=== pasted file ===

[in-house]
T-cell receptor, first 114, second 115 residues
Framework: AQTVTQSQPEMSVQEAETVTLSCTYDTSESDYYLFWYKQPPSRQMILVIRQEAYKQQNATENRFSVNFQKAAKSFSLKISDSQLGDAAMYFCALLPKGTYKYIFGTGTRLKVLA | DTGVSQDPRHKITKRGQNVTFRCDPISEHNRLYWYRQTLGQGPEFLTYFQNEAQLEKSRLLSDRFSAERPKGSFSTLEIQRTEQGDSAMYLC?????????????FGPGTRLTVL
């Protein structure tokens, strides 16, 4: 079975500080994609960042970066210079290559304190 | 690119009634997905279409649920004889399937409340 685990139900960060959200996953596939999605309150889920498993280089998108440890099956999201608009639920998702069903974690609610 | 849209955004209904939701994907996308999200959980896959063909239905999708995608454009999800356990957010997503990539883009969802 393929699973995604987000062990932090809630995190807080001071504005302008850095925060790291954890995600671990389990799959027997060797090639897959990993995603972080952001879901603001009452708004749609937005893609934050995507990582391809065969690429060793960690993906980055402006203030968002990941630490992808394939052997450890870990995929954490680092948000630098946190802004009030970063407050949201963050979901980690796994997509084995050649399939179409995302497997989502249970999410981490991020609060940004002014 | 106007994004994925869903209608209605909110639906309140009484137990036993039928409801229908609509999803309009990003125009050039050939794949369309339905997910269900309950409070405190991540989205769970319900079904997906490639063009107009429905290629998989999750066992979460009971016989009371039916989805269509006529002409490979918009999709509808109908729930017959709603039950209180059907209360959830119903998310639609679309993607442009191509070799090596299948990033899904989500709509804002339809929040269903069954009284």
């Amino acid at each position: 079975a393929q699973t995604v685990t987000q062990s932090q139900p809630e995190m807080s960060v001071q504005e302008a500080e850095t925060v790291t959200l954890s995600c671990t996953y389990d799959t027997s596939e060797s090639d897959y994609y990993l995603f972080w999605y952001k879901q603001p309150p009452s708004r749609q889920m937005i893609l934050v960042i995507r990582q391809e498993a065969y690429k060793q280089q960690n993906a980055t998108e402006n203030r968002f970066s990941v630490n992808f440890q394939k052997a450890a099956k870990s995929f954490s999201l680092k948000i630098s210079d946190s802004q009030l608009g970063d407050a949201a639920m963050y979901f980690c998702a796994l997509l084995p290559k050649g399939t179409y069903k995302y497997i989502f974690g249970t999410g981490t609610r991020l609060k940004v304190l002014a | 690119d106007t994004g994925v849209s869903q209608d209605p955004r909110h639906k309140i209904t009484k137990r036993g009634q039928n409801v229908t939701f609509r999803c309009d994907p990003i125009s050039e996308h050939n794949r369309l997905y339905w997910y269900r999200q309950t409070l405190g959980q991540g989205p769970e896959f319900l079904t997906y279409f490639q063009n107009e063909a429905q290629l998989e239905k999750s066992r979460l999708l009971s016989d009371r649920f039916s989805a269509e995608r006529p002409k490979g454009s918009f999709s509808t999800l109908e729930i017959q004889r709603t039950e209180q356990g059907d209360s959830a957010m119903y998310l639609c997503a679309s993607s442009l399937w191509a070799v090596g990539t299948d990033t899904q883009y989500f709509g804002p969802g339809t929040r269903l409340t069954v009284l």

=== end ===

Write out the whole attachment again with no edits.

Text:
[in-house]
T-cell receptor, first 114, second 115 residues
Framework: AQTVTQSQPEMSVQEAETVTLSCTYDTSESDYYLFWYKQPPSRQMILVIRQEAYKQQNATENRFSVNFQKAAKSFSLKISDSQLGDAAMYFCALLPKGTYKYIFGTGTRLKVLA | DTGVSQDPRHKITKRGQNVTFRCDPISEHNRLYWYRQTLGQGPEFLTYFQNEAQLEKSRLLSDRFSAERPKGSFSTLEIQRTEQGDSAMYLC?????????????FGPGTRLTVL
């Protein structure tokens, strides 16, 4: 079975500080994609960042970066210079290559304190 | 690119009634997905279409649920004889399937409340 685990139900960060959200996953596939999605309150889920498993280089998108440890099956999201608009639920998702069903974690609610 | 849209955004209904939701994907996308999200959980896959063909239905999708995608454009999800356990957010997503990539883009969802 393929699973995604987000062990932090809630995190807080001071504005302008850095925060790291954890995600671990389990799959027997060797090639897959990993995603972080952001879901603001009452708004749609937005893609934050995507990582391809065969690429060793960690993906980055402006203030968002990941630490992808394939052997450890870990995929954490680092948000630098946190802004009030970063407050949201963050979901980690796994997509084995050649399939179409995302497997989502249970999410981490991020609060940004002014 | 106007994004994925869903209608209605909110639906309140009484137990036993039928409801229908609509999803309009990003125009050039050939794949369309339905997910269900309950409070405190991540989205769970319900079904997906490639063009107009429905290629998989999750066992979460009971016989009371039916989805269509006529002409490979918009999709509808109908729930017959709603039950209180059907209360959830119903998310639609679309993607442009191509070799090596299948990033899904989500709509804002339809929040269903069954009284």
């Amino acid at each position: 079975a393929q699973t995604v685990t987000q062990s932090q139900p809630e995190m807080s960060v001071q504005e302008a500080e850095t925060v790291t959200l954890s995600c671990t996953y389990d799959t027997s596939e060797s090639d897959y994609y990993l995603f972080w999605y952001k879901q603001p309150p009452s708004r749609q889920m937005i893609l934050v960042i995507r990582q391809e498993a065969y690429k060793q280089q960690n993906a980055t998108e402006n203030r968002f970066s990941v630490n992808f440890q394939k052997a450890a099956k870990s995929f954490s999201l680092k948000i630098s210079d946190s802004q009030l608009g970063d407050a949201a639920m963050y979901f980690c998702a796994l997509l084995p290559k050649g399939t179409y069903k995302y497997i989502f974690g249970t999410g981490t609610r991020l609060k940004v304190l002014a | 690119d106007t994004g994925v849209s869903q209608d209605p955004r909110h639906k309140i209904t009484k137990r036993g009634q039928n409801v229908t939701f609509r999803c309009d994907p990003i125009s050039e996308h050939n794949r369309l997905y339905w997910y269900r999200q309950t409070l405190g959980q991540g989205p769970e896959f319900l079904t997906y279409f490639q063009n107009e063909a429905q290629l998989e239905k999750s066992r979460l999708l009971s016989d009371r649920f039916s989805a269509e995608r006529p002409k490979g454009s918009f999709s509808t999800l109908e729930i017959q004889r709603t039950e209180q356990g059907d209360s959830a957010m119903y998310l639609c997503a679309s993607s442009l399937w191509a070799v090596g990539t299948d990033t899904q883009y989500f709509g804002p969802g339809t929040r269903l409340t069954v009284l």